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Flaws in South Sudan Soldier Reintegration Could Jeopardize Stability

  • Michael Onyiego

A former Sudanese militia fighter holds up his new identity card in the town of Al-Damazin, in the Blue Nile province, more than 500 km south of Khartoum, after completing a demilitarization program designed to reintegrate militants into civilian life (fi

A former Sudanese militia fighter holds up his new identity card in the town of Al-Damazin, in the Blue Nile province, more than 500 km south of Khartoum, after completing a demilitarization program designed to reintegrate militants into civilian life (fi

A new report released by the Geneva-based Small Arms Survey project warns that the current Disarmament, Demobilization and Reintegration strategies in Southern Sudan are falling short as the South prepares for its referendum on independence.

According to the report, entitled "Unrealistic Expectations, the Disarmament, Demobilization and Reintegration" program undertaken in Southern Sudan is unlikely to improve social and economic conditions in the fragile region.

The program, known as DDR, is part of the Comprehensive Peace Agreement laid out in 2005 after an end to more than 20 years of war between the government in Khartoum and the Southern People's Liberation Army. The DDR program began in 2009 after four years of negotiations over its implementation, only two years before its originally planned completion in 2011.

The Small Arms Survey report focuses specifically on the reintegration aspect of the program. The DDR process, run jointly by the Sudanese Armed Forces and the Southern People's Liberation Army with support from international organizations, focuses on re-inserting combatants from the civil war into Sudanese society.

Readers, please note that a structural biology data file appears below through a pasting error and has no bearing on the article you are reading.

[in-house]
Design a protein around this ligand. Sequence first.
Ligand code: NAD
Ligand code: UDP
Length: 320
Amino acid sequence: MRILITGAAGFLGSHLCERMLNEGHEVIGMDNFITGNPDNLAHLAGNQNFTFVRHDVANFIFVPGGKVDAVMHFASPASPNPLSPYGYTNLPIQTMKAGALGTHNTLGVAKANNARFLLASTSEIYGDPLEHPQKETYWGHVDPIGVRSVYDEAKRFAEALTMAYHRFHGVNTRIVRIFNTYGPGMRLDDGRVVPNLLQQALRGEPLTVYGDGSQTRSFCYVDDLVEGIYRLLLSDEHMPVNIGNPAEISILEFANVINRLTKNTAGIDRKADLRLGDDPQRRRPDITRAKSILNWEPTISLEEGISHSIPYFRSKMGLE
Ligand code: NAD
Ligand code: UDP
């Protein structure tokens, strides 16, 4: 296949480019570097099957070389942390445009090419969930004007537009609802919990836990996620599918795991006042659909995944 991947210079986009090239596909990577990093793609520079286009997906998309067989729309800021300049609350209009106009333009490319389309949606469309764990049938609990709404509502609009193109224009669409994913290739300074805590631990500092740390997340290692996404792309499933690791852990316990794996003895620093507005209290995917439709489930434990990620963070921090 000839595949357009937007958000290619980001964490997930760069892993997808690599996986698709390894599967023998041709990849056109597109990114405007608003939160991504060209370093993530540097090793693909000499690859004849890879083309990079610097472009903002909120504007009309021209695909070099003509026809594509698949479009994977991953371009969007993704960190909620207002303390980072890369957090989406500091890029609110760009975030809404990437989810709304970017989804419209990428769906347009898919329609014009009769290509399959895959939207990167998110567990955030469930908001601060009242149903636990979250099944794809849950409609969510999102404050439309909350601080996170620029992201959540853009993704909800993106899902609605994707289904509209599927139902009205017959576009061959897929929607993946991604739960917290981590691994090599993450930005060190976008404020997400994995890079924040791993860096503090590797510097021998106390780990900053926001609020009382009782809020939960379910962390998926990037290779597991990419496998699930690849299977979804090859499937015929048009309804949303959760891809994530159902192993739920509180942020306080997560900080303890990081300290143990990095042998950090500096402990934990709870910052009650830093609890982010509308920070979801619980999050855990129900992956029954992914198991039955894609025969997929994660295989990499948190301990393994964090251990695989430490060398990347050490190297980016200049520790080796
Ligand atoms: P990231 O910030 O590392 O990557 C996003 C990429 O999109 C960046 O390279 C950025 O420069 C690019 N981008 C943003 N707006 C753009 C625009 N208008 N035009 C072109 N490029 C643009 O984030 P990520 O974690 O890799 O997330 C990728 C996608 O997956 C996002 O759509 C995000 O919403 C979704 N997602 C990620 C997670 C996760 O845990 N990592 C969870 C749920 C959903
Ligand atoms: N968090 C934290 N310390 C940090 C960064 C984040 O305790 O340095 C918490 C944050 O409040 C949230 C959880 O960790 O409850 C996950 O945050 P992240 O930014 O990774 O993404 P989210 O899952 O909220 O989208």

According to the report, the choice to focus on individual reintegration has cut the communities receiving ex-combatants out of the process, hurting the overall goal of recovery and stability in the South. This could prove dangerous as the South prepares for its January referendum to determine whether South Sudan becomes an independent nation.

Report author Julie Brethfeld says ex-combatants could become a major destabilizing factor if not properly reintegrated.

"I think the next year will be very difficult and challenging. If you are in a situation with such a high potential for tension, if you then have people who know how to fight who have, probably, access to weapons, and who might be not satisfied with their current lives and their current opportunities, the risk is, of course, much higher that they can be very easily instrumentalized. That is the big risk, because it is a quite volatile situation and will, I guess, remain difficult in the next year," she said.

One of the major issues, says Brethfeld, is jobs. Through the current process, ex-combatants are provided with job-training and support to re-enter society, but the southern economy is far from robust, and soldiers may be unable to find jobs when they return home.

According to Brethfeld, the DDR process must be linked to the broader recovery and development efforts of South Sudan. Local communities must receive support so that returning soldiers can be accommodated socially and economically, otherwise they will be forced to bear the burden of frustrated and unemployed returnees.

Another problem lies with the communities themselves. The report indicates that, in many cases, individual circumstances may make reintegration impossible. If ex-combatants have committed acts for which they cannot return, communities must be consulted. If return is not possible, other options must be considered to prevent estranged citizens from returning to arms.

Southerners are widely expected to choose independence at the polls in January. If solutions are not found for the question of reintegration, Africa's newest nation could risk instability even before its creation.

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